Bayh to retire

BAYH TO RETIRE…. A huge surprise out of Indiana this morning, which will make the 2010 midterms that much more challenging for the Democratic majority.

Indiana Sen. Evan Bayh will not seek re-election this year, a decision that hands Republicans a prime pickup opportunity in the middle of the country.

“After all these years, my passion for service to my fellow citizens is undiminished, but my desire to do so by serving in Congress has waned,” Bayh will say.

Like Sen. Byron Dorgan’s (D-N.D.) announcement in January, Bayh’s retirement comes completely out of the blue. The incumbent Hoosier had already raised $13 million for his re-election campaign, and while Republicans thought Bayh might be vulnerable this year, recent polls showed him with seemingly insurmountable leads over his GOP challengers. Indeed, less than a year ago, the National Republican Senatorial Committee conceded that it fully expected Bayh to run and win a third term.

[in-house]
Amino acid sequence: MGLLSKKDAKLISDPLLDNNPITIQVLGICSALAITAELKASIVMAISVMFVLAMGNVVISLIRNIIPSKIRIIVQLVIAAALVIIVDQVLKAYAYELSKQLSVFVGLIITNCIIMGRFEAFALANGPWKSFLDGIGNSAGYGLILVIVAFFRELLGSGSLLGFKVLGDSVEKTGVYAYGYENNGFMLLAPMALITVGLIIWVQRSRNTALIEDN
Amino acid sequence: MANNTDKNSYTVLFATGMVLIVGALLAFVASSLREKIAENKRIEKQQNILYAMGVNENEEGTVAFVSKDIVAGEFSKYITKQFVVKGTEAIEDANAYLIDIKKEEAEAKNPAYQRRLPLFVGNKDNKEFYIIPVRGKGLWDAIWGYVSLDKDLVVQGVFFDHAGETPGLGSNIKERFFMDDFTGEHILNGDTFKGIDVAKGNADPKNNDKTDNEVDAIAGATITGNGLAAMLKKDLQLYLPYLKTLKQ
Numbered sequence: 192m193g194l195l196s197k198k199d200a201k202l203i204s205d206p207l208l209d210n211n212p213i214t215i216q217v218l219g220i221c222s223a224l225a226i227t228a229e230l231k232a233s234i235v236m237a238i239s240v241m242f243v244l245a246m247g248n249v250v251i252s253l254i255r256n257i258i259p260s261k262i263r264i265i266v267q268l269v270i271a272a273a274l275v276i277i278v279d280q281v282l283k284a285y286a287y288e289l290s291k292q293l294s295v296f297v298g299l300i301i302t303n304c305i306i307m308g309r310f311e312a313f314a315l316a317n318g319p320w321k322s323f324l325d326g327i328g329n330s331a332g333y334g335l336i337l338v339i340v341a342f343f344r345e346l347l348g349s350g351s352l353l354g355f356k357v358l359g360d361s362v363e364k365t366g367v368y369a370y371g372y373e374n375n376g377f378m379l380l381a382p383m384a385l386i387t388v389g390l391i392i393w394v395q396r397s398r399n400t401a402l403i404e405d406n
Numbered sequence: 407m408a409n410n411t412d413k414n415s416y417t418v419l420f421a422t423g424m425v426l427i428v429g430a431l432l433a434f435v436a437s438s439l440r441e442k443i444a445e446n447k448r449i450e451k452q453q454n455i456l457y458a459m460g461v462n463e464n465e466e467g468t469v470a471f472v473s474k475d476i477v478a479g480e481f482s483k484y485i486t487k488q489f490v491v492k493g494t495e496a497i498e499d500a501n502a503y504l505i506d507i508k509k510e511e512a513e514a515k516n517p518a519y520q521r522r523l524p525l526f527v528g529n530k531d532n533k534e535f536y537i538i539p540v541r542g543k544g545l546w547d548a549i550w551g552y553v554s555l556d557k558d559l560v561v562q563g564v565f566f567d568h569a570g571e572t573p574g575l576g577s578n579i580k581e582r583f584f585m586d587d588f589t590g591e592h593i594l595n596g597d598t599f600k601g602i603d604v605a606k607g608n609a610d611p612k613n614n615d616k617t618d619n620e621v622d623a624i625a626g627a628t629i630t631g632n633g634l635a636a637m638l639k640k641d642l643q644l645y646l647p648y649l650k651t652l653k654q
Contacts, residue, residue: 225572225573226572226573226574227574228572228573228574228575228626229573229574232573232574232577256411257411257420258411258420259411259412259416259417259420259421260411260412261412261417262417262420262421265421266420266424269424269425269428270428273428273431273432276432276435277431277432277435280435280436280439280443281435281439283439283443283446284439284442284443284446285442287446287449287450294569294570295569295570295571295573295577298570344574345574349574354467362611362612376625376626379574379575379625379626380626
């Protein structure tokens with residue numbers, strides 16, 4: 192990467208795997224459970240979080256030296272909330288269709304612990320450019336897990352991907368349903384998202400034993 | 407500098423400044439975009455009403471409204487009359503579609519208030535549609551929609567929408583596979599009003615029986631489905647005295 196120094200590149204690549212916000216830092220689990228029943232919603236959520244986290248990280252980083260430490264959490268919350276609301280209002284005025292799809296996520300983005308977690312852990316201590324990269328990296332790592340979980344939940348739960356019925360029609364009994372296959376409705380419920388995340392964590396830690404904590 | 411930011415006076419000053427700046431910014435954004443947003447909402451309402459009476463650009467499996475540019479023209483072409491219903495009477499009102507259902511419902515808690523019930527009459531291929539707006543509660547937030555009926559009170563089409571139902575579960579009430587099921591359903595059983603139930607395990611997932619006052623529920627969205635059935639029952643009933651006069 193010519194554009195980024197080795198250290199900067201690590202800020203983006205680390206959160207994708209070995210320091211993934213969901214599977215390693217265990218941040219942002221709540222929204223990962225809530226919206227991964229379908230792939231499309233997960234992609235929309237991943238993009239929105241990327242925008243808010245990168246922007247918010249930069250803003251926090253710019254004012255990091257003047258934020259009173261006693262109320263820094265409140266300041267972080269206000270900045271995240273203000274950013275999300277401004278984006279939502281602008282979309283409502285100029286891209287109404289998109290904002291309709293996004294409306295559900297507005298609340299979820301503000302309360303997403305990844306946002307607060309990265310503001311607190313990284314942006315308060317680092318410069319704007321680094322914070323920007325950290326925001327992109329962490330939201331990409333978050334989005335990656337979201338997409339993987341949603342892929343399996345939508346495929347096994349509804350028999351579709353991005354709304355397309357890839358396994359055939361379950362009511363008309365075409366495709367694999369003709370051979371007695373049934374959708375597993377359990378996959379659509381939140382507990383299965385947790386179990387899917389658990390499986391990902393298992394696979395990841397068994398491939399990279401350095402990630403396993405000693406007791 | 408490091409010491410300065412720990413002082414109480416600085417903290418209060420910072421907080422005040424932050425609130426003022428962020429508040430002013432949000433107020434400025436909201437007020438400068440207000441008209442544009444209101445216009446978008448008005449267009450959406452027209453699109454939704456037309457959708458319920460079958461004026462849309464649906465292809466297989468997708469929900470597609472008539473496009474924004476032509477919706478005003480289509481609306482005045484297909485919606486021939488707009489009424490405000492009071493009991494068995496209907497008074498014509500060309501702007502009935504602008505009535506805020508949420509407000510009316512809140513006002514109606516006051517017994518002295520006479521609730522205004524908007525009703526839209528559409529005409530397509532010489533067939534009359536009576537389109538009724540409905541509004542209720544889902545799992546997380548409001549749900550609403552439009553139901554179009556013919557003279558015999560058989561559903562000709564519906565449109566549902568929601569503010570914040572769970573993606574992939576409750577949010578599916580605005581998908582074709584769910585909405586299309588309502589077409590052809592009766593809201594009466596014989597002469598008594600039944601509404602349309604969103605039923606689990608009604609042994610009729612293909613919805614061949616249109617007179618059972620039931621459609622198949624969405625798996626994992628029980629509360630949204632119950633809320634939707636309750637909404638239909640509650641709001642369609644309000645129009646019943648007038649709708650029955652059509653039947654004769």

Bayh’s retirement gives Republicans yet another pick-up opportunity in a traditionally “red” state, but it’s probably a stretch to call it a GOP lock, at least at this point. The Republican field is, after all, led by Dan Coats — an inside-the-Beltway corporate lobbyist who hasn’t lived in Indiana for a decade.

As for the possible Democratic field, it’s hard to speculate who might consider a campaign — there have been no rumors since no one seemed to have any idea that Bayh was even considering retiring. That said, Indiana’s congressional delegation does include five Democrats: Reps. Peter Visclosky, Joe Donnelly, Andre Carson, Brad Ellsworth, and Baron Hill.

It will also be interesting to see if Bayh changes his approach now that he need not worry about re-election. Bayh has, after all, been an exasperating “moderate” at times. Will this decision free him up to be a more reliable vote on key issues? Time will tell.

And for those keeping score, there are now six Republican Senate incumbents who have decided not to seek re-election, and three Senate Dems. Expect the media to characterize this as a mass Democratic exodus.